Each KOSMICA session is unique: bringing together the cosmically curious and culturally quirky space community for a social mix of art–space programmes - a film screening, performance or live concert with a short presentation, talk and debate about alternative and cultural uses of space.
KOSMICA x Astroculture - A night of performance and conversations with Kapwani Kiwanga and Dr Nick Campion
Alexander CT Geppert describes Astroculture as a cultural history of outer space and extra-terrestrial life in the twentieth-century imagination. KOSMICA x Astroculture takes this as a point of departure, focusing on artistic practice centred on the cultural understanding of outer space. This research area brings together space enthusiasts who have wide-ranging interests that include performance, cosmology, Afrofuturism, science fiction literature, mythology and philosophy.
Afrofuturism is a phrase coined in 1995 by cultural critic Mark Dery in his essay Black to the Future, where he links the African American use of science and technology to an examination of space, time, race and culture. He defines Afrofuturism as: "Speculative fiction that treats African-American themes and addresses African-American concerns in the context of 20th century technoculture - and, more generally, African American signification that appropriates images of technology and a prosthetically enhanced future…". As a movement, Afrofuturism began in earnest in the mid-1950s with musician Sun-Ra, whose music blended science fiction, mysticism, African culture (with a particular focus on Egypt) and jazz fusion, all of which coalesced in his 1972 film, Space is the Place.
On Wednesday 15 May, KOSMICA x Astroculture's performance based lecture, short film screening followed by a conversation with artist Kapwani Kiwangs and Dr Nick Campion will further contextualise practice and cultural cosmology theories around Astroculture.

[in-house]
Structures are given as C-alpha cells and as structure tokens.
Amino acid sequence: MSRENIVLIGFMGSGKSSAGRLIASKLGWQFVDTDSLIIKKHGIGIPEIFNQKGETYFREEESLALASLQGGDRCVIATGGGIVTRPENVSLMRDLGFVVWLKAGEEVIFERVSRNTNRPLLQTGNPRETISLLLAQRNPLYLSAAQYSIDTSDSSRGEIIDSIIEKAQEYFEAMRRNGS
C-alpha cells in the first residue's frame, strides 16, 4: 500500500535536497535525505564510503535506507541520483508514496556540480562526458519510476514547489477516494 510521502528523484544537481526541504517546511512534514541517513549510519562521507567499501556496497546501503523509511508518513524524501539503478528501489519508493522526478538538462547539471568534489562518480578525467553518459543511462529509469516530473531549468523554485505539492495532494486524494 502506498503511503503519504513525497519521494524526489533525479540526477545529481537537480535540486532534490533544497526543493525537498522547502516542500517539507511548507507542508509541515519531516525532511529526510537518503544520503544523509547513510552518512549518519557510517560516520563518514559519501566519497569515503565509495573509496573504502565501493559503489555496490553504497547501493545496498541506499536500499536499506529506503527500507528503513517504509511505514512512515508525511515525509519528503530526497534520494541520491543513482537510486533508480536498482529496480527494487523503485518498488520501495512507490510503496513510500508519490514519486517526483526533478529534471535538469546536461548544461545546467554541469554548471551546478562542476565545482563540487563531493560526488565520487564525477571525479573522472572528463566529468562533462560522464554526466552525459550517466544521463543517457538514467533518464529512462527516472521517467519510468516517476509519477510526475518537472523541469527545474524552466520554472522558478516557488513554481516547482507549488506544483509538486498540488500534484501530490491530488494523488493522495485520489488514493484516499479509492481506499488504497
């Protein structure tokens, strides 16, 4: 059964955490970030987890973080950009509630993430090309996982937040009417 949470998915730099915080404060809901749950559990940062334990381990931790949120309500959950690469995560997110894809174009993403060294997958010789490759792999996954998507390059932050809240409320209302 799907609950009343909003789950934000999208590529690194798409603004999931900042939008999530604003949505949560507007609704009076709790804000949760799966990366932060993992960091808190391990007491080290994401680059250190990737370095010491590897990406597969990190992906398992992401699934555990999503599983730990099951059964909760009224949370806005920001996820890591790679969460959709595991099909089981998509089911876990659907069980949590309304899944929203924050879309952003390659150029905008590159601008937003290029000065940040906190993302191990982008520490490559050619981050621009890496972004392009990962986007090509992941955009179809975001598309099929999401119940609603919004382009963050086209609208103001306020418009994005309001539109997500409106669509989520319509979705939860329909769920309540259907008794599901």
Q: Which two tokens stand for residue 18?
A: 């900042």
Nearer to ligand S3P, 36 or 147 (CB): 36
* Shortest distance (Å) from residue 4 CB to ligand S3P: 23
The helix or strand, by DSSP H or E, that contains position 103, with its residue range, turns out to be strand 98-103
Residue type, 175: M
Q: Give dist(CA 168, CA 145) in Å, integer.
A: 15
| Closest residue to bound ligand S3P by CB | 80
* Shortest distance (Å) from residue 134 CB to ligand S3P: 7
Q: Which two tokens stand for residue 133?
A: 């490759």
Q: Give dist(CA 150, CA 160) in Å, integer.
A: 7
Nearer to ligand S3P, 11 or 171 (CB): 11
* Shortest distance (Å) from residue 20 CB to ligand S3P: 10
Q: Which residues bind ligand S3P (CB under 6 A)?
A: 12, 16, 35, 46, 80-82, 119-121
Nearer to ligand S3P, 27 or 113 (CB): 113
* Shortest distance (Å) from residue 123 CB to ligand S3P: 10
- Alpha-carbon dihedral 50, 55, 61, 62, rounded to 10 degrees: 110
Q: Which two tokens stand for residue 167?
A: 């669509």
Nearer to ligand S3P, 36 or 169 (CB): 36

Kapwani Kiwanga’s films and performance lectures speaks of “transcendent powers, beings and realms,” which she conceive in a scientific way. Her performance will be accompanied by a talk placing her artistic practice within wider debates around Astroculture, Afrofuturism, Magic and Space cultural theory. Kapwani Kiwanga, a Canadian-born artist based in Paris, works primarily with video, sound and performance. Kiwanga studied Anthropology and Comparative Religions at McGill University, Canada. Her work has won a number of awards, and has been shown widely at film festivals, art institutions, and on international television. She has been an artist in residence at L’école nationale supérieure des Beaux-arts, Le Fresnoy: Studio national des arts contemporains and most recently at MU Foundation in the Netherlands.
Dr Nick Campion is the director of the Sophia Centre for the Study of Cosmology in Culture at the University of Wales Trinity Saint David. His research interests include the nature of belief, the history and contemporary culture of astrology and astronomy, magic, pagan and New Age beliefs and practices, millenarian and apocalyptic ideas, and the sociology of new religious movements. Before joining Lampeter University in 2007, he was Senior Lecturer in the Study of Religions and Senior Lecturer in History at Bath Spa University. He is on the editorial boards of Correlation, the Journal of Research in Astrology and Archaeoastronomy, and the Journal of Astronomy in Culture. He speaks widely on the nature of belief, magic and cosmology and describes a recent space flight as an externalisation of the internal, imaginal journey to the stars undertaken in esoteric traditions.
7pm Kapwani Kiwanga’s performance commences without introduction
8pm Screening of Sun Ra Repatriation film (excerpt 15 mins)
8.15pm A conversation between Kapwani Kiwanga and Nick Campion
This KOSMICA event is guest curated by Jareh Das.
The KOSMICA series was conceived by Nahum Mantra and Arts Catalyst, and is endorsed by ITACCUS, the International Astronautical Federation's Committee on the Cultural Utilisation of Space.
Dr Nick Campion and Trinity St David